“This is an exciting time for NBC; not Seinfeld, Friends, ER exciting, but more like 3D espisodes of Merlin exciting.”
So adaged fictional NBC executive Jack Donaghy on the network’s self-jabbing sitcom 30 Rock. Donaghy, played by Alec Baldwin, was referring to the network’s acquisition by cable conglomerate Kabletown—”with a K.” And while Comcast, the real usurper of NBC Universal, is spelled with a C, almost everything else down to the near identical logos mirrors its fictional sitcom step-sibling.
And now that the deal has been neatly brokered, both on and off screen, Michael Angelakis, Comcast’s get-it-done-guy attributed with successfully smoothing over the GE-Comcast carnage over NBC, wants his peacock where he can see it.
The 45-year-old chief financial officer of the Philidelphia-based company currently resides in Gladwyne, Pa., with his wife, Christine, and three children. But it looks like the Boston-born family man may be commuting fairly regularly to 30 Rock; according to city records, Mr. Angelakis recently purchased a $4.6 million two-bedroom at the Hampshire House, Central Park South’s deluxe former-hotel-turned-co-op.
Roger Erickson, Sotheby‘s dapper apartment don, had the listing, but it wasn’t always so. In fact, this poor little pied-à-terre has had a shaky history on the market. Originally listed with Halstead at $6.5 million in November 2005, it hopscotched on and off the market until Trump briefly took over the listing in 2009 for a three-month fling. Finally, Mr. Erickson took the reins last fall, decreasing the asking price to $5.45 million, still quite a hopscotch leap from the final transaction price.
So it seems that Mr. Angelakis’ new abode was as difficult to sell as NBC was to buy, but, in this instance, as with the network buyout, Angel Michael came to the rescue.
Mr. Angelakis, who worked at Providence Equity Parnters Inc. until his 2007 assumption of Comcast’s CFO and executive vice president titles, is considered by many to be the reason the Comcast-NBC deal went through. Late last summer, after a series of headlocks between GE and Comcast, Mr. Angelakis flew up to GE executive Keith S. Sherin’s summer home on Cape Cod. He took Mr. Sherin and his wife to dinner, ending the evening shaking hands. The CFO phoned his boss, Comcast CEO Brian Roberts, from the car to tell him a breakthrough had been made; Mr. Roberts later said of the phone call with his No. 2, “It was as if we worked together all our lives.” The Cape Cod trip was viewed as essential to the brokerage of the deal.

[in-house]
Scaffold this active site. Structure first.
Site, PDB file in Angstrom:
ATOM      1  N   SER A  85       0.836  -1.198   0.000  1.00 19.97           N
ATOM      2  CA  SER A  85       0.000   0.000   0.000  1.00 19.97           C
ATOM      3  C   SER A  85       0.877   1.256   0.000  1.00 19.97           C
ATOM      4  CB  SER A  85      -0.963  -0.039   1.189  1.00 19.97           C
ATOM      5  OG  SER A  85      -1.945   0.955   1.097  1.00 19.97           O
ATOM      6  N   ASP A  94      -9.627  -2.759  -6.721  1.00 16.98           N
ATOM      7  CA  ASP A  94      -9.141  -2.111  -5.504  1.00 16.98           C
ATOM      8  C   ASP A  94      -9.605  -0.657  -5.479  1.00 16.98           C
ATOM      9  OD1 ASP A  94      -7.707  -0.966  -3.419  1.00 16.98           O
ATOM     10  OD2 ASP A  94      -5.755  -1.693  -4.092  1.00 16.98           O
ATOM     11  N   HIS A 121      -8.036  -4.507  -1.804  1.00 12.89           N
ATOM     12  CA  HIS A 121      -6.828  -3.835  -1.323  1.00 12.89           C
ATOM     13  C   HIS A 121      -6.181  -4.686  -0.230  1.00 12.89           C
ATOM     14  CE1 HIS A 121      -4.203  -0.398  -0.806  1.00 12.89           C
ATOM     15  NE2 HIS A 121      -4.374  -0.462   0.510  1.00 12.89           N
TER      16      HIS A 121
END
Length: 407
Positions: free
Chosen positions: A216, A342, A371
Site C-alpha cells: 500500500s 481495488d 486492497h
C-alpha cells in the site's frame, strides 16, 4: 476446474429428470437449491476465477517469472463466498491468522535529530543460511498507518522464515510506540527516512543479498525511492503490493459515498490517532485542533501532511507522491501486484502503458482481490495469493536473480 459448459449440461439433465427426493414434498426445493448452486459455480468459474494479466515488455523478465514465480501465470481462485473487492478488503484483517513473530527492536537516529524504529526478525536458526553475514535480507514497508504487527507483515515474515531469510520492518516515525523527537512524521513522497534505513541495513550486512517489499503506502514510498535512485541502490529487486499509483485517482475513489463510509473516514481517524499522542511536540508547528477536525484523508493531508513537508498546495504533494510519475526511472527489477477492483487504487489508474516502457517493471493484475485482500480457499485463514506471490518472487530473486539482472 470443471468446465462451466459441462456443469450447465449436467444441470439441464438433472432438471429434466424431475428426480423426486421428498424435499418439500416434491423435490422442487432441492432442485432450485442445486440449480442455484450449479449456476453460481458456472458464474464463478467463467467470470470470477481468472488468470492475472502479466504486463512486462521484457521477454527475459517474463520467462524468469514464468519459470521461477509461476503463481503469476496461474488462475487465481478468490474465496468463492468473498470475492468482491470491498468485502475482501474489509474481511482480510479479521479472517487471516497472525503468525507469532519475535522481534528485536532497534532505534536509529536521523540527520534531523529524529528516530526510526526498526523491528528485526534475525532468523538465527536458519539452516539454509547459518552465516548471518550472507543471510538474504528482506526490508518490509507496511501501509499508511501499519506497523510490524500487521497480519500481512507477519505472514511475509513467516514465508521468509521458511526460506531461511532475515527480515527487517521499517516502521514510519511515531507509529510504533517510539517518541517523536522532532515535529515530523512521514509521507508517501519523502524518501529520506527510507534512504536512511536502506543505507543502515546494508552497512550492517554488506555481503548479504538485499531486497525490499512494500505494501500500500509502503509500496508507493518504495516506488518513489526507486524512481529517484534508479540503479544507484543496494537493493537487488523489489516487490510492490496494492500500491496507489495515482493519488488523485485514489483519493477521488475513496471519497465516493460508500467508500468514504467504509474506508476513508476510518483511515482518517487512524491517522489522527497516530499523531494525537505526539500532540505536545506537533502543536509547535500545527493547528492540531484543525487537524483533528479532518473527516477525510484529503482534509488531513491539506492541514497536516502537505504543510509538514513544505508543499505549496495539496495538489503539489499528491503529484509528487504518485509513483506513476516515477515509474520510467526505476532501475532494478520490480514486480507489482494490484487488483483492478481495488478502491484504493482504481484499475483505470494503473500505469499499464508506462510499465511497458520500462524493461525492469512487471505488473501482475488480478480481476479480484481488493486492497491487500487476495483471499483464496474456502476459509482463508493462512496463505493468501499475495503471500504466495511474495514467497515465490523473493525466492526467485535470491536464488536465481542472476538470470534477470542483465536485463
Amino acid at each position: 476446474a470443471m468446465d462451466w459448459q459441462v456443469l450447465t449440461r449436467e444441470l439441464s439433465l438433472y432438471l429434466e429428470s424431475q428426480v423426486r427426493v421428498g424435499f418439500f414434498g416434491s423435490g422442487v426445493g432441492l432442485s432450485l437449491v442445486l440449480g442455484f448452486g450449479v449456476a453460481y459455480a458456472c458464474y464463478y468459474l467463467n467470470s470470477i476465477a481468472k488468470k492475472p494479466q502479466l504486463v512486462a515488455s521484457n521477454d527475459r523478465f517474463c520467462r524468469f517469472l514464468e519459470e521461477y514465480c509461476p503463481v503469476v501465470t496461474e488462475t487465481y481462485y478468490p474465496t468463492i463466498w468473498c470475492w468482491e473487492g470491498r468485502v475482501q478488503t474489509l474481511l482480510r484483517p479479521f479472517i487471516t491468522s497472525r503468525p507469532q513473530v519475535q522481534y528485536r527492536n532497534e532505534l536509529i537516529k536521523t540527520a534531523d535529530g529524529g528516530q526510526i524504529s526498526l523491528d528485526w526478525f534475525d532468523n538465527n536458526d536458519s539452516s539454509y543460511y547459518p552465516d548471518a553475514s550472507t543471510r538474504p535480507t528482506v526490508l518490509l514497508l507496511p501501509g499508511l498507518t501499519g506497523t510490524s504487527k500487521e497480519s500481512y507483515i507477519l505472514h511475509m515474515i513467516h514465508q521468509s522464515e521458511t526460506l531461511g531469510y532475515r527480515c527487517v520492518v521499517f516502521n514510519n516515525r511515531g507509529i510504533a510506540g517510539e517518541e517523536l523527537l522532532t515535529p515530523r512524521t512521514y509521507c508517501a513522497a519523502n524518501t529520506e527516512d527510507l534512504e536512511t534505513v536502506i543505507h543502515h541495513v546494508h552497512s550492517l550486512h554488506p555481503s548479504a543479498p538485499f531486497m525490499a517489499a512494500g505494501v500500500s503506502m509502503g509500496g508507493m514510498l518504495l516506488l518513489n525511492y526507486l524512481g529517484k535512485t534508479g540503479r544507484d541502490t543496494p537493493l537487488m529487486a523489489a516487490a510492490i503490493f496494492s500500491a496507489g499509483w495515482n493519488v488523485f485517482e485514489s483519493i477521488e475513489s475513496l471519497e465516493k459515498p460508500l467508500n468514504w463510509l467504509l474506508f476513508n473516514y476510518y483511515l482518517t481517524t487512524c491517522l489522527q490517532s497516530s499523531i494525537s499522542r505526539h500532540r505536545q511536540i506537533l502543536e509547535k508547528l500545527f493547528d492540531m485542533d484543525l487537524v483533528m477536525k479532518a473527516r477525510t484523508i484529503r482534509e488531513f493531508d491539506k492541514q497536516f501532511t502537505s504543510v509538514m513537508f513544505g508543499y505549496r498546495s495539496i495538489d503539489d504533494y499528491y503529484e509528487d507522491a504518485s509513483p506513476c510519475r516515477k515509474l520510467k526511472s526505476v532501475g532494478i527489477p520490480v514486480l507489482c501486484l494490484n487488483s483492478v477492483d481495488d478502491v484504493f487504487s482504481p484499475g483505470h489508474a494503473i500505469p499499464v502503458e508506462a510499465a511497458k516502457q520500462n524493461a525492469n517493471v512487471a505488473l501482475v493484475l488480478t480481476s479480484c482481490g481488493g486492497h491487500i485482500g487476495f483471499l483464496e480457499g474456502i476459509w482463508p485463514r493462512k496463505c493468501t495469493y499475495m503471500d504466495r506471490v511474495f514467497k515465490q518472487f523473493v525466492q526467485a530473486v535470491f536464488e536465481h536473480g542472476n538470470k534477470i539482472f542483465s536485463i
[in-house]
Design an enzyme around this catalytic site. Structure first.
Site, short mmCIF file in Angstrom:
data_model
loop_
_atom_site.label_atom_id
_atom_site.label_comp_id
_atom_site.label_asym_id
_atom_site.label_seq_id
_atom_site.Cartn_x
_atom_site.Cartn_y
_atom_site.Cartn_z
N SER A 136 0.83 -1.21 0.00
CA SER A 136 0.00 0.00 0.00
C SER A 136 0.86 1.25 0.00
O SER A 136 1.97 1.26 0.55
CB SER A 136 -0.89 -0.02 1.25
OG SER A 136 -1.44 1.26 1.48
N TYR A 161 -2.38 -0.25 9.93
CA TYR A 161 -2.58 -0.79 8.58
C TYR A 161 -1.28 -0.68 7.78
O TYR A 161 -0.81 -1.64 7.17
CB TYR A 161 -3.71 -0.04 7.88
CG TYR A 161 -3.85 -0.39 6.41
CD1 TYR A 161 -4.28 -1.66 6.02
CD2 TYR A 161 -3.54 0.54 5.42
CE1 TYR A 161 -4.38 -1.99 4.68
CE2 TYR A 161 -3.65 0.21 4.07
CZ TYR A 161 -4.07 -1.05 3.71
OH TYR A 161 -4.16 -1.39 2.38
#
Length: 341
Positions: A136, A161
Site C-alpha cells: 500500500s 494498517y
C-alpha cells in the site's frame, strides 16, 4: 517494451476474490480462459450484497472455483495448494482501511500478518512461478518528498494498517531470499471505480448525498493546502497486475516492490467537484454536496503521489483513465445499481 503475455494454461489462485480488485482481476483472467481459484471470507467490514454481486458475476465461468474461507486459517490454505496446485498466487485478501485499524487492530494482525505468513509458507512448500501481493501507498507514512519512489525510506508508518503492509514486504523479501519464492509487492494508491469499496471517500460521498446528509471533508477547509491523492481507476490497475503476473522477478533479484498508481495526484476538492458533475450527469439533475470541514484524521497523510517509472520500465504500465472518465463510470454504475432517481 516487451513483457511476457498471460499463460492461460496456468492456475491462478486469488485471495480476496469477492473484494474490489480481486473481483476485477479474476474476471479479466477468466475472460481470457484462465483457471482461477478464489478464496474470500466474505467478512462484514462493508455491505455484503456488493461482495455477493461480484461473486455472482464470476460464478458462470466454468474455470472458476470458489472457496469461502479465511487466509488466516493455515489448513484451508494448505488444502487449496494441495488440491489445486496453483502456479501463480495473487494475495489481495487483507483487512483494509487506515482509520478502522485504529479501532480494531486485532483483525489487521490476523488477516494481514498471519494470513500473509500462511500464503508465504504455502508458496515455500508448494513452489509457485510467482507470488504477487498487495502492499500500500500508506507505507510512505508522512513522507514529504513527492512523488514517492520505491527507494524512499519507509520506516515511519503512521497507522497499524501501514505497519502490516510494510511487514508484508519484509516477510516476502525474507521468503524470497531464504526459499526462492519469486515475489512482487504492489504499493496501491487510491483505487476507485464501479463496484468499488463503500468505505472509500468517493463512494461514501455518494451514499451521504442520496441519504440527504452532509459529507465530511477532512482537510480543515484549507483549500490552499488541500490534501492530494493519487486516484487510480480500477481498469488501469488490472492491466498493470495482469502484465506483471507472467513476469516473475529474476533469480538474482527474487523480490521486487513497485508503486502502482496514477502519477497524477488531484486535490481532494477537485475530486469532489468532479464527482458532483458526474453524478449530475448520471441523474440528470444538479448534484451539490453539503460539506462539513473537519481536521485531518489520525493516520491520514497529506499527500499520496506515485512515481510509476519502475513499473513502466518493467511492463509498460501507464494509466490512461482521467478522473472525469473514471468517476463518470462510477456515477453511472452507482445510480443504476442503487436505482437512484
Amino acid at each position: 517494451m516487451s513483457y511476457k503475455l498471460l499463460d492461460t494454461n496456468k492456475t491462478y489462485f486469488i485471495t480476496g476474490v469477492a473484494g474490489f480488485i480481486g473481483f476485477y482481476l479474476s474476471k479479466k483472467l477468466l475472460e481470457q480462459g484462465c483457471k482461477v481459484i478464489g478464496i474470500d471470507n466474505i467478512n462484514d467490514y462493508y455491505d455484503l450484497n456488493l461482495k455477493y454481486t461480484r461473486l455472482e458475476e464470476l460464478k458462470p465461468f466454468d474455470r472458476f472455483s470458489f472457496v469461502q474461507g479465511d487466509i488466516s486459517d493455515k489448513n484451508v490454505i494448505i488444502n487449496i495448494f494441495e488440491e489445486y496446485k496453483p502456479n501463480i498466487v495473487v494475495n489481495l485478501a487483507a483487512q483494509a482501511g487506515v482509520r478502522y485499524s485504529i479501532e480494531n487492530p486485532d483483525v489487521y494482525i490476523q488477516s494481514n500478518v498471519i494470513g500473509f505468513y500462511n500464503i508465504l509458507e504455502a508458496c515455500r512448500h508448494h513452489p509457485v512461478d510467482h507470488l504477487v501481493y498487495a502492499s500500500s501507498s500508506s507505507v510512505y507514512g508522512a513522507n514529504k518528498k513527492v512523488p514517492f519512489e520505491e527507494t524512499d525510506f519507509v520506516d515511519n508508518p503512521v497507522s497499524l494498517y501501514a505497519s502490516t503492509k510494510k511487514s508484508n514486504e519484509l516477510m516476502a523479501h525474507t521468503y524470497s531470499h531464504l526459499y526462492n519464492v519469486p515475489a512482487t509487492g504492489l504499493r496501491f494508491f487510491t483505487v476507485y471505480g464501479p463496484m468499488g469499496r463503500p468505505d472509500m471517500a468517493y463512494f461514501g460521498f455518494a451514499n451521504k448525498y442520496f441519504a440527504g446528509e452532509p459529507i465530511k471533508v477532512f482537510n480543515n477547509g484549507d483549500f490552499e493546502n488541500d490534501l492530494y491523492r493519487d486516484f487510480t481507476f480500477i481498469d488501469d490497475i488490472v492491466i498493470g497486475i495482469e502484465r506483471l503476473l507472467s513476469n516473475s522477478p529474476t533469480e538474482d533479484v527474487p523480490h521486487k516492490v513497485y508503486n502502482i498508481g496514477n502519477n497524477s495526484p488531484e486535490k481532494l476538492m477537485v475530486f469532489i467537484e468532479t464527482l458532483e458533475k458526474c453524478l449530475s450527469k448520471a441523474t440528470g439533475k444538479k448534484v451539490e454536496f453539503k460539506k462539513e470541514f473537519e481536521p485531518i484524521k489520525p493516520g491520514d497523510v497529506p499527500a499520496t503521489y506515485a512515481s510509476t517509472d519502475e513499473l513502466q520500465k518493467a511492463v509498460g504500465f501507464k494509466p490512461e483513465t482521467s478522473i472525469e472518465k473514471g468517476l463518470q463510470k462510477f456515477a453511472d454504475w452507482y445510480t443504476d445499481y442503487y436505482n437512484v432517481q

As to whether Mr. Roberts, as well as other Comcast high-ups, will spread their purchasing power around New York City real estate, no one knows. Comcast’s spokesperson told The Observer, “Unfortunately, we do not comment on our employees’ personal lives.”
According to a source in Hampshire House, Mark S. Siegel, the apartment’s former owner, moved out on March 16, when Ms. Angelakis’ name replaced Mr. Siegel’s on the official apartment directory.
Mr. Angelakis, who is described in one article as “a guy with a mischievous smile and a Boston accent who likes to fly under the media radar” declined to comment, as did Mr. Erickson. So we cannot definitively conclude that the Comcaster will be using the two-bedroom as a pied-à-terre, but it doesn’t take Miss Marple to make the jump. The title of the listing is spelled out bold and clear next to the address and unit number: “The Ultimate Pied-a-Terre.” In fact, it’s pretty much the only phrase in the whole description that is exclamation-point-free; the listing otherwise is frenetically peppered with them throughout.
The apartment has “one of the best views of Central Park in all Manhattan” and “is minutes from the best the city has to offer,” both filling “ultimate pied-à-terre” requirements that “It should have a great ‘wow’ factor” and “It should be centrally located.” (The last two criteria include, “it should be convenient” and “it should be a good investment” in case you’re ever in the market and want a checklist.) The living room, dining room and “spacious” master suite all feature “oversize” windows facing Central Park, and the building upholds its prestigious hotel history with hotel-style concierge services and amenities like laundry service and courtesy car included, as well as the swanky Exhale fitness club and spa downstairs.
And, of course, there is the eight-block walk to 30 Rockefeller Center.
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